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Andalusian recipes, travel, and design

Pollo en Pepitoria

After making a couple of desserts today, I wasn’t quite sure what to make for dinner. I usually turn to chicken when that happens, as it’s easy to cook and generally I can come up with a quick dish to make. But I’ve been reading my mother’s recipes lately, which I have written down on odd pieces of paper, and came across this traditional dish, which I haven’t had in a long time. It’s usually served during the fall or winter, but it can be enjoyed anytime of the year, and can also be made with rabbit/hare or other poultry.
Pollo en Pepitoria is thought to have originated with the Moors, in Andalucia. And today, it’s prepared pretty much everywhere in Spain. It’s typically made with almonds, instead of cashews; but they can be used interchangeably or even together. Also, you can add chopped cooked egg yolks to the sauce at the end, if you wish.

Pollo en Pepitoria (Chicken with Almonds/Cashews)

  • 1kg chicken pieces, thighs and drumsticks
  • sea salt, to taste
  • pepper, to taste
  • corn starch (I use Maizena brand)  coconut flour or cornstarch replacement
  • arrowroot powder or tapioca flour
  • 1/4 cup raw almonds or cashews
  • 4-5 cloves garlic, peeled
  • 1 medium onion, cut julienne style
  • white wine, about 1 cup or slightly more
  • 1 1/2 teaspoons Turmeric (Curcuma)
  • 6-7 tablespoons olive oil
  • water
  • bunch parsley, chopped
Rinse chicken pieces and sprinkle with sea salt, pepper, and  arrowroot powder on both sides. Set aside.
In a saucepan, over medium heat, add the olive oil, cashews and garlic cloves, whole. Saute for 1-2 minutes, until the nuts start to turn brown. Remove from saucepan and place in mortar. With the pestle, roughly grind the garlic and cashews.
In the same saucepan with the same oil, place the chicken pieces and brown on both sides. Add the onion and sauté for 3-4 minutes longer. Add white wine and cook for 1-2 minutes. Add water, just enough to almost cover the chicken pieces. Add the turmeric, and cook for about 50 minutes, or until chicken is done. Stir occasionally and add more water if necessary. The sauce should be thick and plentiful.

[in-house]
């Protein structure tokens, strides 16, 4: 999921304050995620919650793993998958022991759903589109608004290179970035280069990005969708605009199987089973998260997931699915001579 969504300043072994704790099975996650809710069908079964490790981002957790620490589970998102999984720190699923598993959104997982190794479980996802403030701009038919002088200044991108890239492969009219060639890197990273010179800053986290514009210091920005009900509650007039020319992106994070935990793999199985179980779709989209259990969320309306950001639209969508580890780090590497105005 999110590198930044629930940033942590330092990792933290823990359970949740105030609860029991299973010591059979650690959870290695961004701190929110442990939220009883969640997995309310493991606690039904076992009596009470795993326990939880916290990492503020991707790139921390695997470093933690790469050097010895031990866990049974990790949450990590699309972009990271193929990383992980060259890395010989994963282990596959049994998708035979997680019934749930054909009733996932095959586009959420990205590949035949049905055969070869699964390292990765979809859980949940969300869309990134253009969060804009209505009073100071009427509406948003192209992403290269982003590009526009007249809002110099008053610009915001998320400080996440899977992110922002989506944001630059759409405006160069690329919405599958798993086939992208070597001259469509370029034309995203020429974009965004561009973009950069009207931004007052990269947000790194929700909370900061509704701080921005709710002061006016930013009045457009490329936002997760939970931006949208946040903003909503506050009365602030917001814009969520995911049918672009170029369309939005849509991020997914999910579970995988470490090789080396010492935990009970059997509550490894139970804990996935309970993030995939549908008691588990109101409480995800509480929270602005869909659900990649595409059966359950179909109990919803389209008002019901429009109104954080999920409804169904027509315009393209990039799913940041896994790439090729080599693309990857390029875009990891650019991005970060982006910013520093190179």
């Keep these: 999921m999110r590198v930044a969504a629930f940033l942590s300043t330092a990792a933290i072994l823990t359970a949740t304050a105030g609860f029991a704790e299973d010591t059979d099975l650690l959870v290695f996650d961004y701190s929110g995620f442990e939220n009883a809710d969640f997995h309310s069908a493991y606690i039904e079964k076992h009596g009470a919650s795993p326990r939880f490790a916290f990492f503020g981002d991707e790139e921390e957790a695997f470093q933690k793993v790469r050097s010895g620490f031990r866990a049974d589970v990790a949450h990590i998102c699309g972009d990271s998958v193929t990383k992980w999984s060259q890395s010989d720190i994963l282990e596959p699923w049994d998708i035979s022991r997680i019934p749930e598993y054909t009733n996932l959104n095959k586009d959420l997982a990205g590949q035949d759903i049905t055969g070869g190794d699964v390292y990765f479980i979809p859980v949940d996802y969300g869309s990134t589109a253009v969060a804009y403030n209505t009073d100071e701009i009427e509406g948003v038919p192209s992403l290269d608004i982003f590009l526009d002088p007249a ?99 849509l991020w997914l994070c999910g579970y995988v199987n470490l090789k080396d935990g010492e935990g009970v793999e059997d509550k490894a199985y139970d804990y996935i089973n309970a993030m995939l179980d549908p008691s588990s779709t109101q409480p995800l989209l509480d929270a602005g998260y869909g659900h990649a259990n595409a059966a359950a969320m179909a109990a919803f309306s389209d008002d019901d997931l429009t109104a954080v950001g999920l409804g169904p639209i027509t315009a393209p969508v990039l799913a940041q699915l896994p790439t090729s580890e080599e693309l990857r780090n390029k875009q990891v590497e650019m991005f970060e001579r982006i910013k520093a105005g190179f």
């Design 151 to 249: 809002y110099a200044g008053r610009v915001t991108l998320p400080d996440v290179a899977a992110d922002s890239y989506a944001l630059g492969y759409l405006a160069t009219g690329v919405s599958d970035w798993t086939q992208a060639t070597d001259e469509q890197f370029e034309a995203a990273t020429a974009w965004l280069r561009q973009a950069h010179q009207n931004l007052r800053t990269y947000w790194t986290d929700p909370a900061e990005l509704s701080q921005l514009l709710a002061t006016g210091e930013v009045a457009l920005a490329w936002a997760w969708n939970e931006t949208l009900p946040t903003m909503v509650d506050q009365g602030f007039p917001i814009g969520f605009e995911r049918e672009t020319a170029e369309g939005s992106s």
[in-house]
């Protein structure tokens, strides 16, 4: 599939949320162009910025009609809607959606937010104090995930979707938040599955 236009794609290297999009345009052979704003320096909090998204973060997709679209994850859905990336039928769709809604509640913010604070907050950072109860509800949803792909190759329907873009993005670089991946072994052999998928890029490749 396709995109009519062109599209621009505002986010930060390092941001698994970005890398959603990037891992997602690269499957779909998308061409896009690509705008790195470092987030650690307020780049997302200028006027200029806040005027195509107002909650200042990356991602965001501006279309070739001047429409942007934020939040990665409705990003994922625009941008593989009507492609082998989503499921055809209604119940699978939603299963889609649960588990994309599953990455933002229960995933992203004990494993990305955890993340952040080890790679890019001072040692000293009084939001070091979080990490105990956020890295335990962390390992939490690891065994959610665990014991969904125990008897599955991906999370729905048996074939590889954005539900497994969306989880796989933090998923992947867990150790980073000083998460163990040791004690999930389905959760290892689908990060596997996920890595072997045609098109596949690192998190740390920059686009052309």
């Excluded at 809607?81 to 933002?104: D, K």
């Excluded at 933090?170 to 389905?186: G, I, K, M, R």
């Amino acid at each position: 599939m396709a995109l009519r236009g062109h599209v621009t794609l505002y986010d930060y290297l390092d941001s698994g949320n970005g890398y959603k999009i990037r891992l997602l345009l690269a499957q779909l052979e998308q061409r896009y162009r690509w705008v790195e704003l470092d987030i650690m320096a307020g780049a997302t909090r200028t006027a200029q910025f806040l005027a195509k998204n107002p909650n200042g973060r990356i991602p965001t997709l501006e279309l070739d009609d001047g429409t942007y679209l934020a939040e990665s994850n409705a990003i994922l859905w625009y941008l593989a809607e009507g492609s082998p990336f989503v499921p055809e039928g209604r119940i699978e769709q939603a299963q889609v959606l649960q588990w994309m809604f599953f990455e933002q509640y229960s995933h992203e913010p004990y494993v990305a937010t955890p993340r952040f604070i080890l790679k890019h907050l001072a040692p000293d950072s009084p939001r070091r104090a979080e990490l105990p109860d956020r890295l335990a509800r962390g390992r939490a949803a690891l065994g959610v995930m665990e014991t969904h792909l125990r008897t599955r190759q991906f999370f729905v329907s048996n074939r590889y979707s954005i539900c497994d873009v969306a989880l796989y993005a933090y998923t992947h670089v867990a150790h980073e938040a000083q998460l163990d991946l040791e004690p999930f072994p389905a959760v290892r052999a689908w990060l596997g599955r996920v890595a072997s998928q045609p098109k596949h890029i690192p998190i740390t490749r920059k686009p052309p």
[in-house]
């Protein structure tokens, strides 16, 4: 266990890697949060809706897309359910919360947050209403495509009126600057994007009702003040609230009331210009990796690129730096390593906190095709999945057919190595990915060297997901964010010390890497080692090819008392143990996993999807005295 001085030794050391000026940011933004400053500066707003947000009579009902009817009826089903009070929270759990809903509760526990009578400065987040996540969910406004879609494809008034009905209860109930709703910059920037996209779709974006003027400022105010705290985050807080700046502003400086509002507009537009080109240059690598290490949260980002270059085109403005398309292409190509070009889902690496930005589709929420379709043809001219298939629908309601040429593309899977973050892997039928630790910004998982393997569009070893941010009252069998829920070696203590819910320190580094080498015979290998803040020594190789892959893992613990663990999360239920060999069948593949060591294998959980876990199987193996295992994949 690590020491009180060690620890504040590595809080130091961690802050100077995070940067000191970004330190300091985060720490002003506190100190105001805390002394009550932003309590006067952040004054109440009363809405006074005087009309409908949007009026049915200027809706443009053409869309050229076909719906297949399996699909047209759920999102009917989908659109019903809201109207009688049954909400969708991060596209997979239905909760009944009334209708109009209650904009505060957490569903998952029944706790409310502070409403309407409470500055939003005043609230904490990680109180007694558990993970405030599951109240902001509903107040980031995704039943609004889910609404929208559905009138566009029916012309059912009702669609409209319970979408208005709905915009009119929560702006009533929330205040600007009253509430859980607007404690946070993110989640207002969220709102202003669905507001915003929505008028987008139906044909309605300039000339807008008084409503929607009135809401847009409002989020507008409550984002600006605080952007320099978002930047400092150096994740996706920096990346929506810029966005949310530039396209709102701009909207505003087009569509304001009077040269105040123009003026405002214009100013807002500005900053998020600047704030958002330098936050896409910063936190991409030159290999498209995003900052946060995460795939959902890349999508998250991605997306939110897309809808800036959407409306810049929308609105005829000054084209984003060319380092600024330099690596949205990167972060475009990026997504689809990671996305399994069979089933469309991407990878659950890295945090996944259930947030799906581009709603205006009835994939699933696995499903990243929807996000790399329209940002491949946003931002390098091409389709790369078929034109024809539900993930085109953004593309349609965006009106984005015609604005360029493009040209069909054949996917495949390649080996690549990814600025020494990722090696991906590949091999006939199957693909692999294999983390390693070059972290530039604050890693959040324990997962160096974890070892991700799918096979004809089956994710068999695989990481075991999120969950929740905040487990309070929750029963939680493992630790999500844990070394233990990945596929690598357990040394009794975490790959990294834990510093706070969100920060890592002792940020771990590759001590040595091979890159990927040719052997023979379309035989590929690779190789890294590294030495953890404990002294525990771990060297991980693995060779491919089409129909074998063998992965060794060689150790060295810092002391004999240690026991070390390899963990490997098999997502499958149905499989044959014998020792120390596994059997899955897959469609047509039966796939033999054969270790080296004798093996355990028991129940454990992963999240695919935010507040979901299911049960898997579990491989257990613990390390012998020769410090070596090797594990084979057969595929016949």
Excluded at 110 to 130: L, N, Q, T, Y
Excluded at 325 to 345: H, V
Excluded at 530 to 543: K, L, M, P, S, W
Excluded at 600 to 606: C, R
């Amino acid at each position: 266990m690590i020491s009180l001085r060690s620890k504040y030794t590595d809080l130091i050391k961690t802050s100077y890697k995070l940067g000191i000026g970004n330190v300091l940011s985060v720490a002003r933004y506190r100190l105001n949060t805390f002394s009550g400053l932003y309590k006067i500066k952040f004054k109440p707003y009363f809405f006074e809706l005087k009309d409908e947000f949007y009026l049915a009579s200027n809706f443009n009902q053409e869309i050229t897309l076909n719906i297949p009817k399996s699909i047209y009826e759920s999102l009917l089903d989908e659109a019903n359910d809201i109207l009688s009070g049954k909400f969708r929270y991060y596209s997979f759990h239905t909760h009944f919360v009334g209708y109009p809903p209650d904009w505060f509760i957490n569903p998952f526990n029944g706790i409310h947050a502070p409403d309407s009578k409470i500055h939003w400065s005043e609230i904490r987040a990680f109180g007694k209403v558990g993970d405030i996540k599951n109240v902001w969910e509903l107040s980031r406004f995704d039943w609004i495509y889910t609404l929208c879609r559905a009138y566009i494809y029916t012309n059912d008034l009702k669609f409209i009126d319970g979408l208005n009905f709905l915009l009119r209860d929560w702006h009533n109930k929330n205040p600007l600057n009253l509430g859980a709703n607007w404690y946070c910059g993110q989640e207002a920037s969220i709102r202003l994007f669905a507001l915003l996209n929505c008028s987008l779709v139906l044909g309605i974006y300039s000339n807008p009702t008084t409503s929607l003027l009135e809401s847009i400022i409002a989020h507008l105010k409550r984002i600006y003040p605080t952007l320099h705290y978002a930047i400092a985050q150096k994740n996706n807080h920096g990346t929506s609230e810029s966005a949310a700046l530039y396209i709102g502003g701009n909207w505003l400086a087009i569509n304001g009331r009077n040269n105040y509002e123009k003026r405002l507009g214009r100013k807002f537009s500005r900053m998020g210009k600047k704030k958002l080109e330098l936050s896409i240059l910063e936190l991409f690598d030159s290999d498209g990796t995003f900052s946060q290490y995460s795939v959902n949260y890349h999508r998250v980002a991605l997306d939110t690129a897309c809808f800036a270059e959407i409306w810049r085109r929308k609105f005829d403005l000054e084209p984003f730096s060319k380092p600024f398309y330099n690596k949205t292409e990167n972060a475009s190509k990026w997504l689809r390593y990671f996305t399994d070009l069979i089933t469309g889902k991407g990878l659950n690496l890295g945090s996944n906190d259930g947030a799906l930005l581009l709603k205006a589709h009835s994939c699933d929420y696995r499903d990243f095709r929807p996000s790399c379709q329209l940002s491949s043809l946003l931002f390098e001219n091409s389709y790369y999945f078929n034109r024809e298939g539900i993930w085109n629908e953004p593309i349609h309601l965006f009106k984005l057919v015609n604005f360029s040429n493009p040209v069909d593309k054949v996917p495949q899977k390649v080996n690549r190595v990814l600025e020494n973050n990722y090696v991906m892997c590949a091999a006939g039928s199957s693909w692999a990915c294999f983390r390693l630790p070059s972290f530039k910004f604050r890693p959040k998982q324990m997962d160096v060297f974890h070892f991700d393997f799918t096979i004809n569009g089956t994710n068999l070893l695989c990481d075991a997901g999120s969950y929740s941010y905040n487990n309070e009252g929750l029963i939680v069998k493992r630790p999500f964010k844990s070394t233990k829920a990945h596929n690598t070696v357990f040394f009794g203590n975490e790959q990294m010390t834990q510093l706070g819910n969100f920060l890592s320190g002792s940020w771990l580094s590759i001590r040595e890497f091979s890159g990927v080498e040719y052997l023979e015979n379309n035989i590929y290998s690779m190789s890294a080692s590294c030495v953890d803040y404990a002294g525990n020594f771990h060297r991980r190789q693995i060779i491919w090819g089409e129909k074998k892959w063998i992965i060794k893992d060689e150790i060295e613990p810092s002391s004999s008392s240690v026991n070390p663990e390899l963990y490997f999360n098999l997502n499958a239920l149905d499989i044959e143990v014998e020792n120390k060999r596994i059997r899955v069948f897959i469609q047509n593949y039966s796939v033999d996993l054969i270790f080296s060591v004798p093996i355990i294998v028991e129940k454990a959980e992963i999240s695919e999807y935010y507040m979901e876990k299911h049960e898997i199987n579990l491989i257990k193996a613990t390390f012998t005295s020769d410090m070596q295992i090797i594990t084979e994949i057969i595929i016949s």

Add the ground cashew and garlic and chopped parsley and cook 5 minutes longer.
We ate our pollo en pepitoria with quinoa and broccoli, with some additional sauce from the chicken.

Garbanzo Lemon Tart with Moscatel de Chipiona

I had placed some garbanzo beans to soak overnight two nights ago with the full intention of making hummus, which I love. But last night I was rummaging through old recipes that I have written down from my mother, and I found one that intrigued me.
Garbanzos may seem like a strange ingredient for a sweet dish, but this actually tastes delightful, and you cannot pick out the bean flavour at all.
Garbanzo Lemon Tart with Moscatel de Chipiona (Tarta de Garbanzos con Moscatel de Chipiona)
  • 250g garbanzos beans, soaked overnight and cooked
  • 10 eggs
  • 275g honey
  • zest of a large lemon
  • juice of half lemon
  • 3/4 cup Moscatel de Chipiona*
  • 3 tablespoons of honey
  • juice of half lemon
Preheat oven to 200C.
Soak the garbanzo beans in plenty of water overnight. Drain and cook in fresh water, without salt, until tender. Once the garbanzo beans are cooked, drain and allow to cool at room temperature. In a blender, grind thoroughly.
With a hand mixer (or in a blender), whisk 8 egg yolks and 2 whole eggs. (Reserve the egg whites.) Add the honey, blend well. Add the lemon zest, lemon juice and ground garbanzo beans and blend well.
Butter and line with parchment paper a spring-form baking pan. Pour the mixture into the pan. Bake at 200C for 40-45 minutes, or until an inserted knife comes out clean.
Remove the cake from the oven and allow to cool about 15 minutes. Pour the Moscatel over the cake, fully drenching it. Allow to soak and cool thoroughly before removing from pan. Once the cake is cool, remove from pan and remove the parchment paper from the cake.
Place on serving platter.
Beat the reserved egg whites, until soft peaks form. Add 2-3 tablespoons of honey, depending on how sweet you desired the meringue, and the juice of half a lemon. Continuing mixing until stiff peaks form. Pour into a piping bag and pipe onto a cookie sheet lined with parchment paper. Pipe into desired shapes (I made little star-shaped mounds). Bake at 160C for about 2 minutes or until golden brown. Watch carefully, as they can burn quickly.
Decorate the sides of the cake with the meringue mounds and garnish with marigold leaves.
*Moscatel is a sweet wine made in the province of Cadiz, and originates in the region of Jerez, more specifically in the town of Chipiona. I’ll write more about this wine in another post.